research and measurement

We love data! We conduct research to inform planning decisions. We also audit internal communication programs to determine impact and how to raise the bar with communication.

  • Internal communication audits
  • Measurement to assess effectiveness: annual surveys, focus groups
  • Measurement strategy
  • Research with employees to inform business changes

Design thinking and implementation

  • Data collection and analysis
  • Survey design and deployment
  • Focus group design and moderation


Case study: Conducting a comprehensive audit for a global organization

Internal communication audits are a big commitment since they typically include more than one research method. So, what’s the payoff? Why take on a project like this? Here’s the story of a corporate communication team that conducted a comprehensive audit. The result? (Spoiler alert.) The data helped convince a group of loosely connected stakeholders to make major changes to how the company communicated with employees.

Starting with a simple premise

The corporate communication team at an industrial manufacturer was concerned that employees were being bombarded with communication from multiple sources. Members of the team had a theory that newsletters had exploded, and they needed to influence other communicators (who did not report to the corporate team) that it would be more efficient and effective to develop a centralized, coordinated approach.

Our work with the team started with a simple objective for the audit: Evaluate the current state of internal communication and create a vision for the future.  

Defining our research methods

This organization’s approach is a good example of how audits typically incorporate several research methods. And given the global scale of this company and the goal of influencing a large group of colleagues, the communication team decided it needed a comprehensive study that ensured representation across the organization:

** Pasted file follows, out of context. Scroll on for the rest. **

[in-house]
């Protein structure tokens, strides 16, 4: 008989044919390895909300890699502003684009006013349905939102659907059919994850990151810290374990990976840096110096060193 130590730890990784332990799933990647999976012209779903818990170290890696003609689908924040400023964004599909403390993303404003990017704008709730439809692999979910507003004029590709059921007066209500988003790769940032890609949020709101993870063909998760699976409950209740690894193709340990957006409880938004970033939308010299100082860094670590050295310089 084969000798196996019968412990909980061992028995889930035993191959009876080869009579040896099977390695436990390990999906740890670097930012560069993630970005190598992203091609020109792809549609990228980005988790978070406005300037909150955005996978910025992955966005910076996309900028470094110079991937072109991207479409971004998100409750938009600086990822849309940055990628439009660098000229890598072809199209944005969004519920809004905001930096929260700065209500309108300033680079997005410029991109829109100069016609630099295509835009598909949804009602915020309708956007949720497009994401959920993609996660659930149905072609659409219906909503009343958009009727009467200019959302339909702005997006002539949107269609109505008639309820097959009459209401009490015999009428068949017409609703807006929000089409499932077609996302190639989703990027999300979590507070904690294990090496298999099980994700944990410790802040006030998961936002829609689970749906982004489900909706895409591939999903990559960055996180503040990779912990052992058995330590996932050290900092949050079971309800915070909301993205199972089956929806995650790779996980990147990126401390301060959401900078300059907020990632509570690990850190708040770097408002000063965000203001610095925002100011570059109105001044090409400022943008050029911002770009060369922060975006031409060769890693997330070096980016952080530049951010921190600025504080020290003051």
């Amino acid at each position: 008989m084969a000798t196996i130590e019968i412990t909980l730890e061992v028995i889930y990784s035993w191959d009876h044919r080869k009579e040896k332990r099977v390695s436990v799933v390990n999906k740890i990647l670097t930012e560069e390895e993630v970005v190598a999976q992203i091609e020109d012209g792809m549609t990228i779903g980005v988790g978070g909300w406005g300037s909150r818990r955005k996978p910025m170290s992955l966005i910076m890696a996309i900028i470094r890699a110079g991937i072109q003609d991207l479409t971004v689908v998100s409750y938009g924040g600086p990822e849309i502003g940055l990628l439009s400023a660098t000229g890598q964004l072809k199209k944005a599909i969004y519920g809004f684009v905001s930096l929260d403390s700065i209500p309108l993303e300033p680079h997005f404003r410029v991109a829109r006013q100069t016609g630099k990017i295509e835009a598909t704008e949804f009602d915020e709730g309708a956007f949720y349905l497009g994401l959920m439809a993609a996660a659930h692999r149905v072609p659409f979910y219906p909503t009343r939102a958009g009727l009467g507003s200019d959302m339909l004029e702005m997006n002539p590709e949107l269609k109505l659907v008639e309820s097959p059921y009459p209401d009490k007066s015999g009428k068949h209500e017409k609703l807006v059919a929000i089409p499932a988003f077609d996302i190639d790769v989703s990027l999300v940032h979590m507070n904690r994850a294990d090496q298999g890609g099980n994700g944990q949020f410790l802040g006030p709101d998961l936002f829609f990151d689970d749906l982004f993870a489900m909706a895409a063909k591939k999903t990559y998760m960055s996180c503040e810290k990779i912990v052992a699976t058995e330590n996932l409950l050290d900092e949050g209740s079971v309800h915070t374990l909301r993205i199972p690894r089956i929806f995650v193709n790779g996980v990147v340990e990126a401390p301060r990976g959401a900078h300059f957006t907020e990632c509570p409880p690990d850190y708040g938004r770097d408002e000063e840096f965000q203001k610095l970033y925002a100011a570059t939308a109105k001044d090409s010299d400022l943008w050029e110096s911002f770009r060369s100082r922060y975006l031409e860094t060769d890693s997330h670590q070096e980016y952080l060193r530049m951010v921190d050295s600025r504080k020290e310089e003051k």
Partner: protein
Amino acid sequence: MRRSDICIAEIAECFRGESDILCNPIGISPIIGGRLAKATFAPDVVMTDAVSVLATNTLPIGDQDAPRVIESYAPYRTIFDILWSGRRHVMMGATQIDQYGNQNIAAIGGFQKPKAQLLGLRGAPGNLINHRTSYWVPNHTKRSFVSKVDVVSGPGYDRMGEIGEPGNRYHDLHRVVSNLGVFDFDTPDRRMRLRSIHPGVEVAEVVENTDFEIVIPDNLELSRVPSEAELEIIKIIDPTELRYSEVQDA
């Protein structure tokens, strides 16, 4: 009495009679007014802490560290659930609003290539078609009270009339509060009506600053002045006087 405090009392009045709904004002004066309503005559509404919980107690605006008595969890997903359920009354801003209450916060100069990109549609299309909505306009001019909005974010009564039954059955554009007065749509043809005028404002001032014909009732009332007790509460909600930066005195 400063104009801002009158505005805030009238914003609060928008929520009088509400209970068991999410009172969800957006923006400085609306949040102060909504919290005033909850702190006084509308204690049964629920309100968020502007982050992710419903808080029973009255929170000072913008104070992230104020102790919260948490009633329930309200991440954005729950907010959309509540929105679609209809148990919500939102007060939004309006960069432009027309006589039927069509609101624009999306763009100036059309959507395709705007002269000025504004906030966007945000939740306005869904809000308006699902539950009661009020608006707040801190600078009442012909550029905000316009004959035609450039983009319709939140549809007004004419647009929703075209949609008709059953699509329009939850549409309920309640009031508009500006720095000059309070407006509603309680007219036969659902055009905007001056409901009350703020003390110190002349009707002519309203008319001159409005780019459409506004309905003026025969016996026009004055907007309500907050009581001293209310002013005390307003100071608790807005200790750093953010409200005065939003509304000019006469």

• Channel assessment: We cataloged 97 channels from 17 business units, assessed their effectiveness and developed an impact grid to show what the average employee receives.

work example

  • Interviews: We interviewed 21 leaders and several senior communicators to understand the communication process and issues from the stakeholder point of view.
  • Focus groups: We moderated 28 in-person and four web-based focus groups to assess employees’ knowledge of key topics, their experience with communication and ideas for improvement.
  • Site visits: We visited 14 key sites from around the world and documented employees’ communication experiences.

The result?

After reviewing the data, we invited the corporate communication team and an extended group of communicators to review the audit results and develop actions—a collaboration completed in two meetings. During the first meeting, we shared results from each of the research methods and facilitated a group brainstorm about the next steps. The second meeting was devoted to prioritizing recommendations and developing a high-level plan for each.

The extended team committed to several changes:

  • Define the communication system: objectives for corporate and business units, annual planning. process, and standards and guidelines.
  • Collapse corporate and business unit channels (especially newsletters) and update style.
  • Develop an Internal Communication network.
  • Create a leader and manager communication program.
  • Build knowledge of the corporate strategy.

Remember: Not every audit needs to be this big. For example, we conducted a simple audit of a weekly news digest that included a seven-question pulse survey and two web-based focus groups.

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